Clay O’Brien Cooper is old enough to be the father of many of his team roping peers. Yet Father Time still hasn’t caught up to the 52-year-old, who is competing in his 27th National Finals Rodeo, his 23rd at the Thomas &Mack Center.
O’Brien Cooper made his first NFR in 1981, and he’s bagged seven world championships in the past 32 years. Last year, he made another run at the team roping title, working with Chad Masters. The two won the NFR average — the best aggregate time over the 10 rounds — helping Masters win the header world crown as O’ Brien Cooper took second in the heeler world standings, just $1,131 short of the title.
O’Brien Cooper, a Gardnerville resident, is back this year with a new partner, Justin Van Davis, a 31-year-old making his NFR debut. The two are hardly strangers, having known each other for 15 years, but they’ve roped together only a few times several years ago, and Davis had never tried to rope enough in a season to earn an NFR berth.
“When you start out the year, you have the expectation of hopefully having a good year,” O’Brien Cooper said. “But somewhere along the line, each year is gonna present its obstacles. You just have to be committed to press through.
“Our year started off where we didn’t do really good at rodeos that counted toward the NFR. But then we won at Houston, which was good even though that one doesn’t count in the standings. Then we had a really good spring, and we established ourselves in the top 15 in the standings.”
It was a rough summer, and the two were in and out of the top 15 in their respective standings, but did just enough late in the season to hang on. O’Brien Cooper finished 14th with $65,643 among heelers, and Davis took the 15th and final spot among headers with $60,936.
“With anyone, there’s a certain amount of time it takes to kind of get into the flow of knowing what the other guy is doing, how things will set up and how you react to that,” O’Brien Cooper said. “But that didn’t take long for us. I’ve roped with him before and with others with similar styles.
But Davis, even at 31, didn’t have the experience of most team ropers, let alone the veteran O’Brien Cooper.
“Justin’s kind of a rookie, in the sense that he’s never really tried to make the NFR,” O’Brien Cooper said. “I gave him the ins and outs of what we’ll face during the year, told him not to be worried by what others are doing, to trust in what you’re doing. That was my job, to have us both on the same page.”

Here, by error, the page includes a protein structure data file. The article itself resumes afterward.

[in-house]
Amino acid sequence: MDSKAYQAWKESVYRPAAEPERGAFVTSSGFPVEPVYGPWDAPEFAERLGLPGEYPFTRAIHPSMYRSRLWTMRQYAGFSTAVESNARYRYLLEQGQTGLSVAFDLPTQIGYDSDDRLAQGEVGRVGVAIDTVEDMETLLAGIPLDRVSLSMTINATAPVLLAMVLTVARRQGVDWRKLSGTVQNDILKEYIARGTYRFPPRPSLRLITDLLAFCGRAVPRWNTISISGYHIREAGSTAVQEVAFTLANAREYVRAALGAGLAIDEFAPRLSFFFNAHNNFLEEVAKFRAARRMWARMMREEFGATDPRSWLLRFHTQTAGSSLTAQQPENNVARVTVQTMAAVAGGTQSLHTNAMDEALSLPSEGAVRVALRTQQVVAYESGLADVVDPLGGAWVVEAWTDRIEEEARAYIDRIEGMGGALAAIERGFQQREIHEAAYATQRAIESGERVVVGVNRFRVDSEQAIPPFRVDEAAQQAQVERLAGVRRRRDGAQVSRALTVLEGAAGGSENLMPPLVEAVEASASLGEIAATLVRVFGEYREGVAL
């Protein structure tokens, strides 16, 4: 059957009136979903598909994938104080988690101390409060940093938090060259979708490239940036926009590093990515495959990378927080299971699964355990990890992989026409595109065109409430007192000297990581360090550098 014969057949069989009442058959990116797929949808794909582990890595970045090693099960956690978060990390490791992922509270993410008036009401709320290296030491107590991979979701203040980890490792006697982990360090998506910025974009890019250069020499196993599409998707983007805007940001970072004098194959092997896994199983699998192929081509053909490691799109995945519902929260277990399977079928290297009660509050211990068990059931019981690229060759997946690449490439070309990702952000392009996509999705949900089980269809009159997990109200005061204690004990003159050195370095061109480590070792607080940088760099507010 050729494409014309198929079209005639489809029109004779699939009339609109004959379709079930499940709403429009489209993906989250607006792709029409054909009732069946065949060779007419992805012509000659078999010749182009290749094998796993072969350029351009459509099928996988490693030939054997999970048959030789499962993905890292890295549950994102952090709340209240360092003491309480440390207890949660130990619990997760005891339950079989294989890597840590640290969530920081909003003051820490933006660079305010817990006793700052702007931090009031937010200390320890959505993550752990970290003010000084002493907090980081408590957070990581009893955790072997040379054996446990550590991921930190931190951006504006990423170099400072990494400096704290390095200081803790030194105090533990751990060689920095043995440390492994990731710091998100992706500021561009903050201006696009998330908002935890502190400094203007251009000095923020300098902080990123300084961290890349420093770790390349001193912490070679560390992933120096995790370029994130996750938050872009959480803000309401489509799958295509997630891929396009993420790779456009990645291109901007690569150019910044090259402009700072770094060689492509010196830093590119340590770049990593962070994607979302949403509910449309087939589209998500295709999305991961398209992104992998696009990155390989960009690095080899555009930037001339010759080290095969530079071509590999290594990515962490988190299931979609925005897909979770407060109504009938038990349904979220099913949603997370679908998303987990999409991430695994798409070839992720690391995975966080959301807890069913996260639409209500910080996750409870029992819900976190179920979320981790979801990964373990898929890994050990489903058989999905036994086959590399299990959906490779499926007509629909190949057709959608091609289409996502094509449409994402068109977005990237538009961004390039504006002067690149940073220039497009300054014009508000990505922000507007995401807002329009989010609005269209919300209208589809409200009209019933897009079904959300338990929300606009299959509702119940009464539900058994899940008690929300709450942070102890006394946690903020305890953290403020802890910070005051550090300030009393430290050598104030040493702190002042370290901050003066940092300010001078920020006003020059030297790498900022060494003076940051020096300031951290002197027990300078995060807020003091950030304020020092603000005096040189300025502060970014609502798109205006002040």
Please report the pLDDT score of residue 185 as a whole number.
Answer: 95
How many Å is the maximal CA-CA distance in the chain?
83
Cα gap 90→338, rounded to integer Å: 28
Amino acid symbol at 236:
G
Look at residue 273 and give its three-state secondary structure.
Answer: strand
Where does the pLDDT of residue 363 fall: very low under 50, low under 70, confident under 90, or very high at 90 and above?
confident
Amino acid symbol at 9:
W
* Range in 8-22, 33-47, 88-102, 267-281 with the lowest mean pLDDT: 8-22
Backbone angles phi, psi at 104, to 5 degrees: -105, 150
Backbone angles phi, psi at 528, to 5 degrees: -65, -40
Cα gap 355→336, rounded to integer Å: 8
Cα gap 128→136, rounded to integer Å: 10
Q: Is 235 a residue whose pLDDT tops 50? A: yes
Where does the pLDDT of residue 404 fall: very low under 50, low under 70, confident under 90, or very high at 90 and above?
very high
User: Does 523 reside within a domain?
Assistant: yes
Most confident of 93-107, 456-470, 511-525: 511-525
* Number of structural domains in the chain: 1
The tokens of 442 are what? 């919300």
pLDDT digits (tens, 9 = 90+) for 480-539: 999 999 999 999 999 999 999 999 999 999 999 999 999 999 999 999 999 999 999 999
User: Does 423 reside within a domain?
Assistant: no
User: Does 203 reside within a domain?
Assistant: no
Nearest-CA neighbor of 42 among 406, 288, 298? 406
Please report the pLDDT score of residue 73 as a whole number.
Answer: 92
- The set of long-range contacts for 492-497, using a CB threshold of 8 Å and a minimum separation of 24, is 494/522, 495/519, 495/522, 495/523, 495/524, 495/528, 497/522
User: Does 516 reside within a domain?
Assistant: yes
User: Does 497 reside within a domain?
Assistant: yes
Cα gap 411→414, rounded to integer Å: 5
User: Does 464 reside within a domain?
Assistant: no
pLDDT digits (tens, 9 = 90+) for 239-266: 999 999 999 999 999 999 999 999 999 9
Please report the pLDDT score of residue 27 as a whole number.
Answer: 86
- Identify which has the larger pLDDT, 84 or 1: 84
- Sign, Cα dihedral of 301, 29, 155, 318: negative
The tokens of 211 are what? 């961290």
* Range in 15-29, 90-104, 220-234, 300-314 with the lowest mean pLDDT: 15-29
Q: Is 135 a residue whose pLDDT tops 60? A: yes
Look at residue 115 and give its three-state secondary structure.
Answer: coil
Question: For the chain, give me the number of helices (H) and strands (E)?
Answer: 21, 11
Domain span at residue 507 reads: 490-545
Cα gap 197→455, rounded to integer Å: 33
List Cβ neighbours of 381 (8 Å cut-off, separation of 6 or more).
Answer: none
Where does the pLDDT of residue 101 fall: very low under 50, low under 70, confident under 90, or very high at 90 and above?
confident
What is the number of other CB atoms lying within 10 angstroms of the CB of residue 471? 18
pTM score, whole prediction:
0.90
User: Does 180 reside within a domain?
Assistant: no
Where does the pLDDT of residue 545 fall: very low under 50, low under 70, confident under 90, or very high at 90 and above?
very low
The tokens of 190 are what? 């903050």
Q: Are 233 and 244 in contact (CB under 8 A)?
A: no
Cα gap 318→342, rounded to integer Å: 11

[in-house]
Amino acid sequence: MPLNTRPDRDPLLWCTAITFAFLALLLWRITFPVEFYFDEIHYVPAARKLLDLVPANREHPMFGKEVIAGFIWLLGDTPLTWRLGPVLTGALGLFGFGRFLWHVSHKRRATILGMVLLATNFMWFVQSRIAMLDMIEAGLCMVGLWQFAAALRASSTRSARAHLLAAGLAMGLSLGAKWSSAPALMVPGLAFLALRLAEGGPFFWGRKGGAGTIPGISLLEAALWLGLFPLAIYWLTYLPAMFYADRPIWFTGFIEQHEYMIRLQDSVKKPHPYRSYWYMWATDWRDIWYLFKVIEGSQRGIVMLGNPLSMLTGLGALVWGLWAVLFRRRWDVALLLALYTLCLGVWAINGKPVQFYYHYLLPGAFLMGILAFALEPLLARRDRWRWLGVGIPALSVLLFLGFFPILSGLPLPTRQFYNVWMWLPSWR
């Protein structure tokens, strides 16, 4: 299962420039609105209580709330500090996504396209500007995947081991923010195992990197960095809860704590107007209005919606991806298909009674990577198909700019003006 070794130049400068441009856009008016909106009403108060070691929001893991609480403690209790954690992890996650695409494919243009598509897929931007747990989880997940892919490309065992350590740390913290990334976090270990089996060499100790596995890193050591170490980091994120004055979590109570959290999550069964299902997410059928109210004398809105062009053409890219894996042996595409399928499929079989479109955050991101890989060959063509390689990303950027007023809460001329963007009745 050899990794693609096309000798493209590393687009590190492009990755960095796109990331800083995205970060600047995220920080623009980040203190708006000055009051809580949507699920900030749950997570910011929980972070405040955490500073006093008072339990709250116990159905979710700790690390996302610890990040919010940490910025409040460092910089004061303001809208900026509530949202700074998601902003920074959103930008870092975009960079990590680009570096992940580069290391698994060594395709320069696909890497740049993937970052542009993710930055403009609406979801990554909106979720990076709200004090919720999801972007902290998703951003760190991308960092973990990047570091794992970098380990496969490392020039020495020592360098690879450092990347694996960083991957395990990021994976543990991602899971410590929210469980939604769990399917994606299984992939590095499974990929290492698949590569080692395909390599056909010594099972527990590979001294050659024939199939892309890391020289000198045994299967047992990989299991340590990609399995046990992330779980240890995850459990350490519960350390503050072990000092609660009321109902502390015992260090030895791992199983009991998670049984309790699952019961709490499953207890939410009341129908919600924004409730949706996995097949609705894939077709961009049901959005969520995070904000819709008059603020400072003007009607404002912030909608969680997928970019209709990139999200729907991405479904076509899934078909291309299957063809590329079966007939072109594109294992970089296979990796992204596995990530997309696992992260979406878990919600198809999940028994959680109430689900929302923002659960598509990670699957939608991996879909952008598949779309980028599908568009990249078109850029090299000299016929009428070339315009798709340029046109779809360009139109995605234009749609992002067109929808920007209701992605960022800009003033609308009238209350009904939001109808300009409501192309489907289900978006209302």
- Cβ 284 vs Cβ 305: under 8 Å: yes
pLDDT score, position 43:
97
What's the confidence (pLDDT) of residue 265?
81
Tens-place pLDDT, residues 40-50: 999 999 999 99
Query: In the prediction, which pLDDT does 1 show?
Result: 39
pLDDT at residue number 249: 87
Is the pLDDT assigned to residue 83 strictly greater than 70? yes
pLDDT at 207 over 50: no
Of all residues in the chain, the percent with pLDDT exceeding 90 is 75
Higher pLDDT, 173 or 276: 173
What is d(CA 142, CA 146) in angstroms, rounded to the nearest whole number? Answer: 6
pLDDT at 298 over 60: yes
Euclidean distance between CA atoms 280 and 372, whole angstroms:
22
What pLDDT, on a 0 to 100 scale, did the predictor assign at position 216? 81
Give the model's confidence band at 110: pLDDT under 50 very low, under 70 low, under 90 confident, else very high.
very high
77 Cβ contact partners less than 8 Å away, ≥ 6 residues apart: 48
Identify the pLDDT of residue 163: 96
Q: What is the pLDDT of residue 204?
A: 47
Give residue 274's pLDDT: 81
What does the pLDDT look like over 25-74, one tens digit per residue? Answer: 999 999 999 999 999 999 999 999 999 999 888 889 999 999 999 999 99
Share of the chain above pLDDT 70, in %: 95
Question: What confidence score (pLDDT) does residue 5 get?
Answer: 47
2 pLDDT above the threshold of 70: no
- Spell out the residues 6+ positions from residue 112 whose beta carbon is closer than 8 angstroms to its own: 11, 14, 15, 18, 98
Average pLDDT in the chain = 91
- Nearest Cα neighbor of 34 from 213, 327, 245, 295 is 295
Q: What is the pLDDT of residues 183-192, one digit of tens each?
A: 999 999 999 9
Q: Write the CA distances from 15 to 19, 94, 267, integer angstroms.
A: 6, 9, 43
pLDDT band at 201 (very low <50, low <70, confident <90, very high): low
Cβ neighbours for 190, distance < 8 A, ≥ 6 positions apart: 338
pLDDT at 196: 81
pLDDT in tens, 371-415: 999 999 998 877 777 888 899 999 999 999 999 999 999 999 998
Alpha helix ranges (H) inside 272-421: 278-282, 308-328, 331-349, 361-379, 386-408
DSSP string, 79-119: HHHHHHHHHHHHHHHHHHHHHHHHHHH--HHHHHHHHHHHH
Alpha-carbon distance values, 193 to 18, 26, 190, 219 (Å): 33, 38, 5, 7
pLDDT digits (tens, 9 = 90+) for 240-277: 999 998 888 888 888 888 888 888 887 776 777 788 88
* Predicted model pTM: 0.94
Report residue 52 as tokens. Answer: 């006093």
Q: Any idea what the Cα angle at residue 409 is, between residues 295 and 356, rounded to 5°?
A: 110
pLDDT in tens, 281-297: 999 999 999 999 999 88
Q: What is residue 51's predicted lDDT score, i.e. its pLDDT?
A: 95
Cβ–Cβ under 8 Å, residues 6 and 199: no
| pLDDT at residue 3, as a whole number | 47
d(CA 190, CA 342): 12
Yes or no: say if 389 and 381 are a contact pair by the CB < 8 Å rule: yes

Davis’ job was to do what youngsters can do.
“The thing the young guys bring is the enthusiasm and the excitement of the challenge of making it to the NFR for the first time,” O’Brien Cooper said. “Also, youth brings the athleticism, quickness and speed — the ability to do the job fast. This is a timed, speed-driven event. One partner needs to be fast, the other consistent. Usually the good teams have both those components.”
And O’Brien Cooper would certainly know the winning formula at this stage of his career. Yet anymore, reaching the NFR isn’t necessarily the most important achievement.
“It used to be that the NFR was what it was all about,” he said. “But to me, the NFR is not the only focus and the only goal at this point of my life. I enjoy going to good rodeos throughout the year, I enjoy the camaraderie with my friends, and making friends with the younger generation.
“I’ve seen these kids grow up, I’ve known a lot of them since they were born, so I’ve got a friendship with kids I’ve known my whole life. So that part of it is really cool, as well.”
Also really cool is still being at the top of his game after so long — well after athletes in most any other sport would have to hang it up.
“I’m grateful and feel like God has blessed me,” O’Brien Cooper said. “There are not too many 52-year-old guys who get to compete in the sport they’ve loved their whole life, and still compete with the best. I’m blessed by the opportunity to have good partners and good horses and still be able to compete.
“I enjoy the thrill, the excitement and the enthusiasm of competition. Life is fun when you can do what you want to do. To be able to make a living at it is icing on the cake.”